# Q: Assigning values in IF statement

Greenhorn
Posts: 17
Hello!

I would like some guidance how to think about assigning values in an if statement. Please see the code below:

The output is:

b = true
FAILED: b = true && b
b = true || b
(b = true) && b

Now, what confuses me is line 12, why it evaluates to false?

Here is how I have understood how assigning inside an if should work. Let's look at line 6 for a moment. At first, b is false. Inside the if expression b is assigned the value true. After assignment IF condition checks b value and it evaluates to true.

If I think like that then in my mind line 12 should have succeeded also. Boolean b is initially false. When code reaches to if statement, then firstly b is set to true (like in line 6). After the assignment the left hand side of && evaluates to true and right hand side also. Condition should succeed, but it doesn't. What is ill in my logic?

Abimaran Kugathasan
Ranch Hand
Posts: 2066
I think, it's related to Operator precedence in java. Let me check it!

Greenhorn
Posts: 17
Hey, Abimaran Kugathasan!

Do you mean that && has higher precedence than b = true? Interesting thought. That would also comply why the if expression on line 26 evaluates to true (since it has parenthesis around b = true and thereby making it higher precedence than &&). But in that case what about the if condition on line 20, with the OR. If || has higher precedence than b = true, then both sides should be false also?

Vijitha Kumara
Bartender
Posts: 3918
10
Java's Operator precedence will give you the idea.. Note that parentheses has higher precedence then other operators.

Abimaran Kugathasan
Ranch Hand
Posts: 2066
Check this coding. Absolutely, It'll drive you to solution!

Abimaran Kugathasan
Ranch Hand
Posts: 2066
There are some facts to be considered. I think, No need of Operator precedence!

1) Short circuit AND operator checks the RHS, only if LHS is true.
2) Short circuit OR operator checks the RHS, only if LHS is false.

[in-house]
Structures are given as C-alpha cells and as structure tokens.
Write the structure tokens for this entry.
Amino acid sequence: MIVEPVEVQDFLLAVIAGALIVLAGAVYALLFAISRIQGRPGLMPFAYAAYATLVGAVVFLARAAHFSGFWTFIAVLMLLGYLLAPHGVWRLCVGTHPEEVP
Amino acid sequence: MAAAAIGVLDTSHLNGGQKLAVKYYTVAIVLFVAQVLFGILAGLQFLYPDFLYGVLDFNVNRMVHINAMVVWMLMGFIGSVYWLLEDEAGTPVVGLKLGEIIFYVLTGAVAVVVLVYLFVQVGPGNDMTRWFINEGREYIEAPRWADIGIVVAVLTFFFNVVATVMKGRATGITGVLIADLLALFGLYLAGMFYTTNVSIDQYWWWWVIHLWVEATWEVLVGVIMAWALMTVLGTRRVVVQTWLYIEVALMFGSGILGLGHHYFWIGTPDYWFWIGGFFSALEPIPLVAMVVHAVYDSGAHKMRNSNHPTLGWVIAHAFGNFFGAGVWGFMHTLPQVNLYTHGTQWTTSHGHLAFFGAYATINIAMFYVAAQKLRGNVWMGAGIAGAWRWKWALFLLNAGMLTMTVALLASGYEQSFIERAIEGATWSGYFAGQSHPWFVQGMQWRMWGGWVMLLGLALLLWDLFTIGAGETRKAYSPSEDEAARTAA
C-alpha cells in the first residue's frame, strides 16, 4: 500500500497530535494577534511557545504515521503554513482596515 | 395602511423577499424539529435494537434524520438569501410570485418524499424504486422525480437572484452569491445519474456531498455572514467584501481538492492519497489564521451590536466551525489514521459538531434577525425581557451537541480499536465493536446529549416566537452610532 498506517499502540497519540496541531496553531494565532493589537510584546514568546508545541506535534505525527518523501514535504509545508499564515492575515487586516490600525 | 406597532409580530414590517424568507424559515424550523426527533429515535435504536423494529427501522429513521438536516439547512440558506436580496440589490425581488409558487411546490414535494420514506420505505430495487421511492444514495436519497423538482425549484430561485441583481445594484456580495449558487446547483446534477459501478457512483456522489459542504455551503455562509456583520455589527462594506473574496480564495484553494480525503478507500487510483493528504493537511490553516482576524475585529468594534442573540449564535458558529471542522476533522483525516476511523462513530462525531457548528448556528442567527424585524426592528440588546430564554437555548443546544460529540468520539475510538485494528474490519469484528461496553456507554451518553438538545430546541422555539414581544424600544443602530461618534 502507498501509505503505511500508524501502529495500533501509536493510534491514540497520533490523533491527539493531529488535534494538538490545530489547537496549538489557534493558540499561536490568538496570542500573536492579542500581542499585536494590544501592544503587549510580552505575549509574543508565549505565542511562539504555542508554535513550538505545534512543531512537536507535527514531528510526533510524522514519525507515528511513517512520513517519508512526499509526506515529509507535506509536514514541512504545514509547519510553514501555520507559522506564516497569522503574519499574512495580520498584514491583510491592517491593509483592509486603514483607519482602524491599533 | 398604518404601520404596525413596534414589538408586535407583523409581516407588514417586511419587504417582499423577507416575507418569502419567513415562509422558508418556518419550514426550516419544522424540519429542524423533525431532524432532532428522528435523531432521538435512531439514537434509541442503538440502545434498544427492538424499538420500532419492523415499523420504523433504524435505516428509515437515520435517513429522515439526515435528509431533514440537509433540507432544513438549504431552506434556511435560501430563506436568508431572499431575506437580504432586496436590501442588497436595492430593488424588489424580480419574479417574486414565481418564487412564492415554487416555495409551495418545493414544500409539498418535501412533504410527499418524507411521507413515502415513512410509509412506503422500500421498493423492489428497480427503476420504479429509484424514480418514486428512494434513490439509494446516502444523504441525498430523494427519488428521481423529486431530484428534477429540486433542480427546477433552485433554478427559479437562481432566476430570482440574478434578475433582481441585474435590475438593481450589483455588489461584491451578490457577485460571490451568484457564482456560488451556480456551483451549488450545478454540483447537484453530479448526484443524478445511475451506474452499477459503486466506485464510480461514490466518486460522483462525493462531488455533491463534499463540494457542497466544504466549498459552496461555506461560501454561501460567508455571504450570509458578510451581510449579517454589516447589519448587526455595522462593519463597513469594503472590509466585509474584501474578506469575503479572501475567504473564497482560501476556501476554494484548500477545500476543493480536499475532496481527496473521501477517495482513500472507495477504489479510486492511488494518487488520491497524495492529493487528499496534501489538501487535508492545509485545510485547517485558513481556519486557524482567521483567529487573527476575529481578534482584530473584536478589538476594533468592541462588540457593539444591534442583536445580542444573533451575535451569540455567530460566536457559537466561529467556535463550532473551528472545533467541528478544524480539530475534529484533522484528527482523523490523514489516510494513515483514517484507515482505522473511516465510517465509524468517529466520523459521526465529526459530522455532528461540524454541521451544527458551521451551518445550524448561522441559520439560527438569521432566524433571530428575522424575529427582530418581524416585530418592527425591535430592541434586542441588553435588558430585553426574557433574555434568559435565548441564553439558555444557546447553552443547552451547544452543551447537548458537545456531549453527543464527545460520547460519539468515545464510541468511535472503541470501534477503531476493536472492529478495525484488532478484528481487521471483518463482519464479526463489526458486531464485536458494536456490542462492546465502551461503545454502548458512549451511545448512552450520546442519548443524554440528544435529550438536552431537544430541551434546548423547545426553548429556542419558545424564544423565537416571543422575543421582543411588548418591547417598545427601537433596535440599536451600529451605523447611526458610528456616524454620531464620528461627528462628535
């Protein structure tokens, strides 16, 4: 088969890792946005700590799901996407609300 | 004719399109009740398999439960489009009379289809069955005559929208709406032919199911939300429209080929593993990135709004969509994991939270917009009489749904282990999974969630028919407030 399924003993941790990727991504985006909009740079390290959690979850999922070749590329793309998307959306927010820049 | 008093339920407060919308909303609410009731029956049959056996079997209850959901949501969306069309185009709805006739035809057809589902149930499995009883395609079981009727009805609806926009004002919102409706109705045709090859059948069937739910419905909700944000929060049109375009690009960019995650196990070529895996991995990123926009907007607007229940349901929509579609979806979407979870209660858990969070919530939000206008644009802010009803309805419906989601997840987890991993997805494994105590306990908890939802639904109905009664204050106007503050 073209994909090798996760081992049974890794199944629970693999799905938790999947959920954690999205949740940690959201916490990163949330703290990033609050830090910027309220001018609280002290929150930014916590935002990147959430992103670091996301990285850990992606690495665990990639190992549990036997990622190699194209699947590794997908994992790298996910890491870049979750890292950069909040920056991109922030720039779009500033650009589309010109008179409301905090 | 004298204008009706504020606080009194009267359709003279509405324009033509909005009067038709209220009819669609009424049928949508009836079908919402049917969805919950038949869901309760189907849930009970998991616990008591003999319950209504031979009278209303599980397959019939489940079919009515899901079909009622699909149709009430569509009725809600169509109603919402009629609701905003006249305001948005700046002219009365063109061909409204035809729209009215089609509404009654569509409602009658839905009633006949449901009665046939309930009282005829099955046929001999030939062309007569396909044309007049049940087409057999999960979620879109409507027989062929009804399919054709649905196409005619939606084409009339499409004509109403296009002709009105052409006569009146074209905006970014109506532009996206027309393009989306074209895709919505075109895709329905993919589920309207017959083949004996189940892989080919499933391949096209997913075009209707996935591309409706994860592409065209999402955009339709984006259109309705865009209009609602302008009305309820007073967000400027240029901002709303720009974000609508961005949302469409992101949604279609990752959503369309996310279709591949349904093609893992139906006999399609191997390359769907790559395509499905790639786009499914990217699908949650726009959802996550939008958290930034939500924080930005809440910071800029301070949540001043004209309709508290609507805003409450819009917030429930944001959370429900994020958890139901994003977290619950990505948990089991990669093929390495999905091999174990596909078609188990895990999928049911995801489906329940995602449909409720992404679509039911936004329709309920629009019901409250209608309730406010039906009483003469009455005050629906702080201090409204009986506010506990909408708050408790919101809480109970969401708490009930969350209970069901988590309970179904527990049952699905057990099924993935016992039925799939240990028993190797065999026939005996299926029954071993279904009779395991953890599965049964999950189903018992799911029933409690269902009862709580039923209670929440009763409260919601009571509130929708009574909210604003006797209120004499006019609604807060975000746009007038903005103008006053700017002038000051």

Here, b is kept in a stack for checking the condition before going into the condition block(if loop). In the if statement, LHS is true (we assigned it to true) but RHS is false(already b is kept in a stack). So the statement is false.

Here, according to 2nd statement, it works!

This is my Opinion. Please correct if wrong!

Greenhorn
Posts: 17
Thanks, Abimaran and Vijitha! I think I get it now.

Since && and || have higher precedence, they will be evaluated first.

Just my reflection of how I understand this now:

Here short-circuit && sees that b is false and fails the if expression. The boolean b inside the IF doesn't get assigned to true, since IF condition was failed by && already.

Here the short-circuit || sees that b is true and the IF condition succeeds right after that, b doesn't get assigned to true.

Thanks again

Vijitha Kumara
Bartender
Posts: 3918
10
Of course precedence matters.
Consider following two (from OP's example) cases:

And

Given that b is false initially in both cases It's the "&&" takes precedence over "=" hence the first expression evaluates to false. It's like saying:

In the second case it's obvious that it evaluates to true.

Henry Wong
author
Marshal
Posts: 21721
85
Since && and || have higher precedence, they will be evaluated first.

Correct

Innar Made wrote:Just my reflection of how I understand this now:

Here short-circuit && sees that b is false and fails the if expression. The boolean b inside the IF doesn't get assigned to true, since IF condition was failed by && already.

Incorrect. What happens is, due to precedence, this...

if ( b = true && b ) { }

Becomes this...

if ( b = (true && b) ) { }

The && is a short circuit operator, but there is nothing to short circuit. The left operand is true which requires it to evaluated the right operand. The result from the "&&" is false and is assigned to the b reference.

Here the short-circuit || sees that b is true and the IF condition succeeds right after that, b doesn't get assigned to true.

Not exactly sure what you mean by this description, so can't tell if you are correct or not. But here is what happens...

Due to precedence, this...

if ( b = false || b ) { }

Becomes this...

if ( b = (false || b) ) { }

The || is a short circuit operator, and as with previous, there is nothing to short circuit. The left operand is false which requires it to evaluated the right operand. The result from the "||" is true and is assigned to the b reference.

Henry